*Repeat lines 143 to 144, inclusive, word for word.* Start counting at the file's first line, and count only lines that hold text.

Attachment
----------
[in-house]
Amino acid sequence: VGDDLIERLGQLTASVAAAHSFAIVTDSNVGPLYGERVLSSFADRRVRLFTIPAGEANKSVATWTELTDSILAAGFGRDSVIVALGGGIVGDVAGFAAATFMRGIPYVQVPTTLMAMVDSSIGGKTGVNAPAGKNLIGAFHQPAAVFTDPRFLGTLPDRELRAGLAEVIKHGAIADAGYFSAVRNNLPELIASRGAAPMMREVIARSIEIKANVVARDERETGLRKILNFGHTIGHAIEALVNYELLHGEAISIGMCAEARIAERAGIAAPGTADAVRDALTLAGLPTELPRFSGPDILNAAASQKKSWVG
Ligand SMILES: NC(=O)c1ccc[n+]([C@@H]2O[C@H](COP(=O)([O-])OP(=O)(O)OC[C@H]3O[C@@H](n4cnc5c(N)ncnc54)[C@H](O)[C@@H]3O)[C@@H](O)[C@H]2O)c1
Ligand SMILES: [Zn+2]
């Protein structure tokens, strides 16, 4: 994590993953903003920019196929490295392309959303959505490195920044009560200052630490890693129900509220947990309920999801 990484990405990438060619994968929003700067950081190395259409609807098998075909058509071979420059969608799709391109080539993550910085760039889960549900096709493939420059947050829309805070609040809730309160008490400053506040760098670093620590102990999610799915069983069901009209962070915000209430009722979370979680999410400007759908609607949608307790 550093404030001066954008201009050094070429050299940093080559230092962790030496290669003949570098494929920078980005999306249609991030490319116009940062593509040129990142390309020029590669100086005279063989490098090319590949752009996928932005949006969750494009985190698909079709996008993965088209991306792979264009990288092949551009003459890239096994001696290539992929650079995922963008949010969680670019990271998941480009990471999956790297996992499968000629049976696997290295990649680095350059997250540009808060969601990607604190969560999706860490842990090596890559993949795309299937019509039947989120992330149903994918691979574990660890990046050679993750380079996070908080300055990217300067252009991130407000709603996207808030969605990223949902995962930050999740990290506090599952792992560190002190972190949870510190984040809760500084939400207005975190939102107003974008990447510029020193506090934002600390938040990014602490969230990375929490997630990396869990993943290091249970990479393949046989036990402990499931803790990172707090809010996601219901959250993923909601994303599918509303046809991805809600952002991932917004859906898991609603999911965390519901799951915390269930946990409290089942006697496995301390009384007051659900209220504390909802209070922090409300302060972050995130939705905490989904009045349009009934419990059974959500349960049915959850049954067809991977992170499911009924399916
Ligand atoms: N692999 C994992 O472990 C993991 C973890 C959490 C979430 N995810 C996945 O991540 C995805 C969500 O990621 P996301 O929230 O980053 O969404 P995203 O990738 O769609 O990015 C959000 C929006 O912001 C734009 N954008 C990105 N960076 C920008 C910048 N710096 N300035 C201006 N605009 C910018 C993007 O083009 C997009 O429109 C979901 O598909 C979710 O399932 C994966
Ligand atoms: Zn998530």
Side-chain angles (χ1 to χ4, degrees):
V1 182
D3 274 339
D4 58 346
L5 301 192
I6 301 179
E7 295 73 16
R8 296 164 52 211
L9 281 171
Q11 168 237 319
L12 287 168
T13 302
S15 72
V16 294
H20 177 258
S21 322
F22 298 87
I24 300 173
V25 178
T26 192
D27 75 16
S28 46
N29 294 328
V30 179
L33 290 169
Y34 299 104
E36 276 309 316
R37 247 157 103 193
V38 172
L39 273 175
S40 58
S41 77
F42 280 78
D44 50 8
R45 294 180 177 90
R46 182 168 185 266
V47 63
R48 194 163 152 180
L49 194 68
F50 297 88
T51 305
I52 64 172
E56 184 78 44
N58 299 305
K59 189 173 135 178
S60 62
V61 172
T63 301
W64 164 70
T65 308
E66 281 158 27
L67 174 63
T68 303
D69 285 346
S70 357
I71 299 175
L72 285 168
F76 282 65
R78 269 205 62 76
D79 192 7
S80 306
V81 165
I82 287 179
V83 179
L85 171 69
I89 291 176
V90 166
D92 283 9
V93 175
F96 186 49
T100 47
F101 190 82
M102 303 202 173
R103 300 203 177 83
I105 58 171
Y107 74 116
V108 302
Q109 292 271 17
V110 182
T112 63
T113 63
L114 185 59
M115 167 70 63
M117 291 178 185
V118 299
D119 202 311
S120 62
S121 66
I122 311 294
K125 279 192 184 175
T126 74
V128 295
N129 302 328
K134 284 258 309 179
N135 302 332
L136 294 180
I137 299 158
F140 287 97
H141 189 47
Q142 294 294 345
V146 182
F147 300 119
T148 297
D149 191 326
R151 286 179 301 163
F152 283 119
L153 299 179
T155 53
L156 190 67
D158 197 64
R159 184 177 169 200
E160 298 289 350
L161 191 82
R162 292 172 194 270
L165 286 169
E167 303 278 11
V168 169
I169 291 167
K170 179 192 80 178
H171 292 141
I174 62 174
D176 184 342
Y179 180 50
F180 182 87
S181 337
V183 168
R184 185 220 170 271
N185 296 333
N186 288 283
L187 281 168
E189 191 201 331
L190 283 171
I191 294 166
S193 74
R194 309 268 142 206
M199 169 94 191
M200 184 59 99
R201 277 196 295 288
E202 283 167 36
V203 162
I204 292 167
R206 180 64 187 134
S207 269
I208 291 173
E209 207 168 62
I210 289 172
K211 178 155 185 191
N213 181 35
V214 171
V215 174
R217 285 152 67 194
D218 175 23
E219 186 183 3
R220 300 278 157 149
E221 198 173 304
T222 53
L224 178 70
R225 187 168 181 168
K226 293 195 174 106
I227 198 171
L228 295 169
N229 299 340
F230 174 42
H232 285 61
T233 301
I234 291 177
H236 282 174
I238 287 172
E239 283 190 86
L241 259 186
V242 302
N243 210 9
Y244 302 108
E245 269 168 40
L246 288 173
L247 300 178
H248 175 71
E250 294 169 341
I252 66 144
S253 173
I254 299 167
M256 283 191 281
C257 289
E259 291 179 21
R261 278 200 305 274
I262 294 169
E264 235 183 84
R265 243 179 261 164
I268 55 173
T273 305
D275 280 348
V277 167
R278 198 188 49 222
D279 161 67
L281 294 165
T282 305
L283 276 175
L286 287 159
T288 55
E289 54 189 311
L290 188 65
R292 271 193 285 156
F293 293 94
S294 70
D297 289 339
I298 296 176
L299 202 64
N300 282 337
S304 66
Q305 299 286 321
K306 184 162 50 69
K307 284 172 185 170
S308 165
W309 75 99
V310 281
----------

M199 169 94 191
M200 184 59 99